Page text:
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Impact of CV fraud on UK businesses – what employers need to know

Some job applicants may not see an issue with embellishing their CV here and there, but many may not realise that lying on your CV is considered fraud and, therefore, is illegal. The Chartered Institute of Personnel and Development (CIPD) found that recruitment fraud cost businesses around £23.9 billion annually before the pandemic.

The Chartered Institute of Personnel and Development (CIPD) found that recruitment fraud cost businesses around £23.9 billion annually before the pandemic [1]. CV deceit contributed to this figure alongside other issues, including fraudsters imitating brands to access money. 

But how common is CV deceit, and how does it affect businesses in the UK? Here is a guide* to what businesses need to know about CV fraud, its impact, and how to tackle it. 

The recruitment process

ONS data shows that there are currently almost 900,000 job vacancies in the UK (January – April 2024) [2]. Businesses may be eager to fill these positions. However, research from the hiring platform Indeed shows that the hiring process is a time drain for many employers, with a quarter (24%) of UK businesses spending up to 10 hours a week scheduling interviews [3]

Indeed’s survey of UK businesses also revealed that employers spend around 37% of their time on tasks associated with hiring activities, such as candidate sourcing and assessment, resume screening, and background and reference checking.

Not only is the hiring process time-consuming but it also doesn’t guarantee the hired candidate is a good match, particularly when CV deceit plays a role.

How common is CV deceit?

Recent research by CIFAS found that 1 in 10 Brits admit to having lied on their CV and know someone who has lied on their CV — a 2% increase from 8% the year before [4].

According to further research by accountancy firm Crowe, one of the most common CV lies is applicants claiming to have qualifications they don’t possess [5].

Search data also indicates that more and more job hunters are potentially considering lying on their CVs, with increasing numbers of searches on the topic. 

Rank CV Deceit Topic Google Searches March 2022 – February 2023 Google Searches March 2023 – February 2024 % Change
1 Lying on CV 19,120 26,720 39.75%
2 Fake references 7,690 10,040 30.56%
3 Fake qualifications 920 1,200 30.43%
4 CV fraud 1,430 1,540 7.69%
5 Fake work experience 1,230 1,320 7.32%

Google sees more than 26,000 searches annually relating to lying on a CV. These searches have also seen a worrying 39.75% increase compared to last year. This could suggest that more people are looking up the consequences or viability of lying on their CVs.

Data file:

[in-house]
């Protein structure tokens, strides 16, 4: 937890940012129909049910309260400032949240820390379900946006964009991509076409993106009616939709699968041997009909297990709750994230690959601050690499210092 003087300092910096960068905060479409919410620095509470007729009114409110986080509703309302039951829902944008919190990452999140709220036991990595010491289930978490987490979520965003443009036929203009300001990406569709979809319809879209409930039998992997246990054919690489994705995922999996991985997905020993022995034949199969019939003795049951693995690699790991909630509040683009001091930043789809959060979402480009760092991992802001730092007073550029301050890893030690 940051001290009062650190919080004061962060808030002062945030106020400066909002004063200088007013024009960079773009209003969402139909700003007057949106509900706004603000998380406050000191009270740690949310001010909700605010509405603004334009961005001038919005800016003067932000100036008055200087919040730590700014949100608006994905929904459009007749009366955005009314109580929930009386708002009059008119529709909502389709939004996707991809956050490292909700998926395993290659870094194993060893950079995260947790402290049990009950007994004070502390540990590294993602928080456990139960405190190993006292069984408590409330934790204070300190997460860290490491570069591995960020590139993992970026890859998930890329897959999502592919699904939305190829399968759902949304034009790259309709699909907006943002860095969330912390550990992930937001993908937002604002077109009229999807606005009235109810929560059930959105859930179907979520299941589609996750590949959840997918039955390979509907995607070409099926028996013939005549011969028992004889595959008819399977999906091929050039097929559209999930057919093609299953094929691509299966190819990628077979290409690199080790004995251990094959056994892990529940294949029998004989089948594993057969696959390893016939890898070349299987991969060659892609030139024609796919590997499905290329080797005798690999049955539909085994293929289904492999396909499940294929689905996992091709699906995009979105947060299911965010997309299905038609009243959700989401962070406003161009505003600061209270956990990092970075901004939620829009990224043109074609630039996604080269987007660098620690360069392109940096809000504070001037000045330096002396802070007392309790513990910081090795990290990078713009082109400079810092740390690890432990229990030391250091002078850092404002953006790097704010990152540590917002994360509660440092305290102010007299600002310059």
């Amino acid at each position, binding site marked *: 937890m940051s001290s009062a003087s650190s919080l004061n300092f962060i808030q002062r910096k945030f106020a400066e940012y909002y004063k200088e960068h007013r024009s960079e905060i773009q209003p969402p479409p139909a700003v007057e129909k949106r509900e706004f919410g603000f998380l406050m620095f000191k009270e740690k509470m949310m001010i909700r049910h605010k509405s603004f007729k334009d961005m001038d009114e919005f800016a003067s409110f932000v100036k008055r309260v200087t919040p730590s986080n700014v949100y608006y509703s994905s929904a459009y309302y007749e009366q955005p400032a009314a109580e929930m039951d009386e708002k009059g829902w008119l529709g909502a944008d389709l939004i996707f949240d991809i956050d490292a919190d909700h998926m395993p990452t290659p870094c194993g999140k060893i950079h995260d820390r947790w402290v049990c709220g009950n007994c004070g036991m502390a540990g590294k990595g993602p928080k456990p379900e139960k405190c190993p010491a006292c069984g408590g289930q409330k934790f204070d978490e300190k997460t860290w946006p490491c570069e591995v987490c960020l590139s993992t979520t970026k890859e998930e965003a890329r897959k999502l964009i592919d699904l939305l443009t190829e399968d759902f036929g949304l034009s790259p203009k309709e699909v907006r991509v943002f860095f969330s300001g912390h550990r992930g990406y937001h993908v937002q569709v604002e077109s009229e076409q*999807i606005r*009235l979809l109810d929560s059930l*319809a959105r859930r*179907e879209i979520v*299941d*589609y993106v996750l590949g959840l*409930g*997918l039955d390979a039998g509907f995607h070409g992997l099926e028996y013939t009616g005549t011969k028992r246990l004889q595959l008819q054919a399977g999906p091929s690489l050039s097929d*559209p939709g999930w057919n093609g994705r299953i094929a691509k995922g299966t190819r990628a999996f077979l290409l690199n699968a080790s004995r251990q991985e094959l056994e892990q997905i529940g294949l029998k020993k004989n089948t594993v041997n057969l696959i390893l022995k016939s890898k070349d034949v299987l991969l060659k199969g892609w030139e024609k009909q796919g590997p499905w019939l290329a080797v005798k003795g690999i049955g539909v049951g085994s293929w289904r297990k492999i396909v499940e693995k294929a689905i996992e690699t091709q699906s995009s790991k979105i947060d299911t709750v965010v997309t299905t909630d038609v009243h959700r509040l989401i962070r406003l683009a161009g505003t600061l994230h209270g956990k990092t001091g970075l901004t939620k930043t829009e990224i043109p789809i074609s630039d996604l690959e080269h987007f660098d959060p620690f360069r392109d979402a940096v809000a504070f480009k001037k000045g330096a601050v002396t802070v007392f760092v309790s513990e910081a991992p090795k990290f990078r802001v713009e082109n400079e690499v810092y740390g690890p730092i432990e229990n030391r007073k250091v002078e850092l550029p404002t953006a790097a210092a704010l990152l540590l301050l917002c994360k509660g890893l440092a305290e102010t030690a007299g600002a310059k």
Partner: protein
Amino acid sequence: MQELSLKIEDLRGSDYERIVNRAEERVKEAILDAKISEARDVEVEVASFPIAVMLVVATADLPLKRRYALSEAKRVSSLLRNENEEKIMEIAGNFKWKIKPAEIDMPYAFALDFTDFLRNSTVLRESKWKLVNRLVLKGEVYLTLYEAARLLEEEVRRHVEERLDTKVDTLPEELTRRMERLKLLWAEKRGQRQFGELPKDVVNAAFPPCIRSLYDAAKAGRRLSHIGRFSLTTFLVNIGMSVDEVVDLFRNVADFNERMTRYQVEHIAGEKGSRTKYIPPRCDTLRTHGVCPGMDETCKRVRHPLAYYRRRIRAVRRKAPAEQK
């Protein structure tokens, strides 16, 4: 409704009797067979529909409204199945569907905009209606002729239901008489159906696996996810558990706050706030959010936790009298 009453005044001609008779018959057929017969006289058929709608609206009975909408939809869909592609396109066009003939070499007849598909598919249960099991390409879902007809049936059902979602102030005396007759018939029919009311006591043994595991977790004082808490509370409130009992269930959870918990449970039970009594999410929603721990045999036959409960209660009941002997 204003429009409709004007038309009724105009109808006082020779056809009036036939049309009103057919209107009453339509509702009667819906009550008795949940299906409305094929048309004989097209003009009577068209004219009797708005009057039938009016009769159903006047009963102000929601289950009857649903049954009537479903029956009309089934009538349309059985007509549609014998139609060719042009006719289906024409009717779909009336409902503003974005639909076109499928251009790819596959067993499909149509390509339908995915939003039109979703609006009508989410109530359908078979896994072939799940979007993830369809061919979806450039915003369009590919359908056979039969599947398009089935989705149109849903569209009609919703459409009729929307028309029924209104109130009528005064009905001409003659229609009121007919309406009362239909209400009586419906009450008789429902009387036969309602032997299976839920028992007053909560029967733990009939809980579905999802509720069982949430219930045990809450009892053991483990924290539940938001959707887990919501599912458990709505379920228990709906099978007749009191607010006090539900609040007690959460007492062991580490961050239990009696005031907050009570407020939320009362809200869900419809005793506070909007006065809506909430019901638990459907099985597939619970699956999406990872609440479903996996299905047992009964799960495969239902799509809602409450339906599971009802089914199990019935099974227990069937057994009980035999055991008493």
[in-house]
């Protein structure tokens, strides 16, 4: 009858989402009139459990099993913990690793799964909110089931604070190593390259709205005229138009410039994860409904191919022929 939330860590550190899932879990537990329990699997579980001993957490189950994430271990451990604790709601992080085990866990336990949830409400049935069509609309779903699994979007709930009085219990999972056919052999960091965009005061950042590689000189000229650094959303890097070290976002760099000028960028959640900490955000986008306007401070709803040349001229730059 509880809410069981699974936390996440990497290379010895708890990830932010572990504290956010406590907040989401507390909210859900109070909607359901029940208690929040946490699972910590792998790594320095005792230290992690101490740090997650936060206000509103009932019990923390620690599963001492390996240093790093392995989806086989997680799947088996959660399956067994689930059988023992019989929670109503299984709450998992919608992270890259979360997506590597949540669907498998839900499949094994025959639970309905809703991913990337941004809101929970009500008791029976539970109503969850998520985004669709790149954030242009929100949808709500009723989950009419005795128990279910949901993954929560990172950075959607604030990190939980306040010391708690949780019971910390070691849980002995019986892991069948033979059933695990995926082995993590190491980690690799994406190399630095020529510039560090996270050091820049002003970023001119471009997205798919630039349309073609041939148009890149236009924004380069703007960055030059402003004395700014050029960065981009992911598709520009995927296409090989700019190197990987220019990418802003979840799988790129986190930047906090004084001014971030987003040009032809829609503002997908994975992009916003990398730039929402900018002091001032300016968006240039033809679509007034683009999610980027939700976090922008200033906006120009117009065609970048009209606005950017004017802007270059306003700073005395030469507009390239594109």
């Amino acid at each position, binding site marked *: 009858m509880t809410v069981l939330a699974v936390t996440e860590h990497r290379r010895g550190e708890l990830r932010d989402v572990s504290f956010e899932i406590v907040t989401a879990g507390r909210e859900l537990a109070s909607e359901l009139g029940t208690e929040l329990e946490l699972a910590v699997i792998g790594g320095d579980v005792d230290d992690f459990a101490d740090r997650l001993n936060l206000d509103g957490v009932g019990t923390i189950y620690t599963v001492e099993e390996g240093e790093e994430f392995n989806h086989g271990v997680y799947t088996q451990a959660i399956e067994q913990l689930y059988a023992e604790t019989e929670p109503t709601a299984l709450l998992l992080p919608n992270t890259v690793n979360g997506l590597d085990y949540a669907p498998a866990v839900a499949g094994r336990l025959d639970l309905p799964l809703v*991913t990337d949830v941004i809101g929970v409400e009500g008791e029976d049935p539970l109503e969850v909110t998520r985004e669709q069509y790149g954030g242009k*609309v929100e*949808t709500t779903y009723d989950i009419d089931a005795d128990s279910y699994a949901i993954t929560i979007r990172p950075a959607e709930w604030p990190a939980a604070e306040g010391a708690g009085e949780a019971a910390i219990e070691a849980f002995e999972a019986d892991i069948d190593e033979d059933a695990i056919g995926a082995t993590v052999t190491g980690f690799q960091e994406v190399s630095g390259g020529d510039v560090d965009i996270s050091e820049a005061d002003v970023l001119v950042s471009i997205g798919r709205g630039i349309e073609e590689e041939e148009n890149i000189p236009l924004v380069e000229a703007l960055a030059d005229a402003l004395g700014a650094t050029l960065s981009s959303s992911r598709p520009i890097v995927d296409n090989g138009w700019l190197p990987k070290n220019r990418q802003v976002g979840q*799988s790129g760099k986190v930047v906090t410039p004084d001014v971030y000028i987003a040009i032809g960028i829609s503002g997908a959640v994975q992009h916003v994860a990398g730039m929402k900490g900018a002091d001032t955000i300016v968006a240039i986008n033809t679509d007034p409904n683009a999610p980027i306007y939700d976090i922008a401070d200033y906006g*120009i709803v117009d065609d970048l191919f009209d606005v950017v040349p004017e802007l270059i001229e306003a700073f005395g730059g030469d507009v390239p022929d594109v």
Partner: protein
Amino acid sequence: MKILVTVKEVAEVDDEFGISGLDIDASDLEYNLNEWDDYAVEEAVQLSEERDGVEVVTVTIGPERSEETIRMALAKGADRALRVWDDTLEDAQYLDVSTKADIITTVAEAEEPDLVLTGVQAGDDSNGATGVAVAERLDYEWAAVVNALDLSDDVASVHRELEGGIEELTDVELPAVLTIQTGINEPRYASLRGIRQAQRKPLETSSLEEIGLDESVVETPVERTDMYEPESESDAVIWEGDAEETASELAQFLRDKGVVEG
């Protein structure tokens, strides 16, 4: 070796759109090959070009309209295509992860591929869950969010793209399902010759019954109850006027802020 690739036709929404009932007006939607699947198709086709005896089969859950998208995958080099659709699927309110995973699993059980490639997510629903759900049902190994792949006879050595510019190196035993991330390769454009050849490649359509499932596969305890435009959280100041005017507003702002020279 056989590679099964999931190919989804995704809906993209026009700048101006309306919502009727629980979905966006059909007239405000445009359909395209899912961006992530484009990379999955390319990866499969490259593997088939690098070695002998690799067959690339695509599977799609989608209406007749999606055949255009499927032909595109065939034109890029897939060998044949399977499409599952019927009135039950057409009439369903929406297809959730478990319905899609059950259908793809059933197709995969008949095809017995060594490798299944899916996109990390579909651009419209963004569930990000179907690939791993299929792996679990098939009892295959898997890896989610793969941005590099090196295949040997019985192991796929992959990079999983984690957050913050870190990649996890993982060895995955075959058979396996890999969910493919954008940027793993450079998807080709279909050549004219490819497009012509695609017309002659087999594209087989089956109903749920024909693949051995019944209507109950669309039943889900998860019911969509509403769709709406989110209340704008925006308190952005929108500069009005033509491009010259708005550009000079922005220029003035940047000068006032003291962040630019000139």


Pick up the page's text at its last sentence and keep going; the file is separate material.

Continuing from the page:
Google searches for fake references and qualifications have also seen 30.56% and 30.43% year-on-year increases, respectively, potentially indicating that more job hunters are researching if they can get away with falsifying this information on their CVs.

CIFAS research also found that 16% of UK adults don’t think lying on a CV is illegal. Almost a third (31%) of those who didn’t believe lying on a CV was illegal were aged between 16 and 24. This suggests that school and university leavers are tempted to exaggerate the qualifications on their CVs in order to obtain employment [6].

What are the Risks of Lying on Your Job Application or CV?

According to surveys and search interest, lying on your job application or CV is relatively common in the UK. However, it can have serious consequences if you’re caught.

Should you be caught supplying false information to secure employment, you risk the possibility of criminal prosecution and being recorded in the CIFAS Internal Fraud Database. This will likely make it difficult to secure employment in the future. You could also face a financial claim from the employer.

Kyle Eaton, business insurance expert, provides tips on how to tackle recruitment fraud as an employer:

“The UK has a competitive job market, particularly during the cost of living crisis when opportunities are less readily available. In the current market, some job hunters may be tempted to lie on their applications to secure employment. However, as an employer, hiring the wrong candidate can have serious consequences.

“Fraudulent hires can lead to a range of negative outcomes for businesses. For example, taking on incompetent staff could trigger staff turnover. The most effective businesses invest in proactively preventing such frauds from occurring rather than waiting to fall victim.  

“CV deceit often includes exaggeration of professional and academic qualifications, places of education, or previous experience and skills. As an employer, you need to have robust measures in place if it becomes clear that an employee has lied to gain employment.

“The first thing to do to prevent fraud is to know how to check the jobseeker’s identity and supporting documents. This includes in-depth pre-employment screening measures, such as:

  • Open-source internet checks
  • Contacting personal and professional references
  • Checking any provided documents are genuine and valid (such as qualifications) 

“Keep all your HR and recruitment teams up to date on the latest fraud trends and prevention tips through training. Some of the latest fraud trends include the use of AI to hide or mislead identities via deepfakes. Criminals can use AI to produce fake identity and right-to-work documents, which they sell to individuals who can’t secure them legitimately.

“Further information around fraud prevention can be found in the UK Government’s website and agencies like Action Fraud.”

*Guide by business insurance experts








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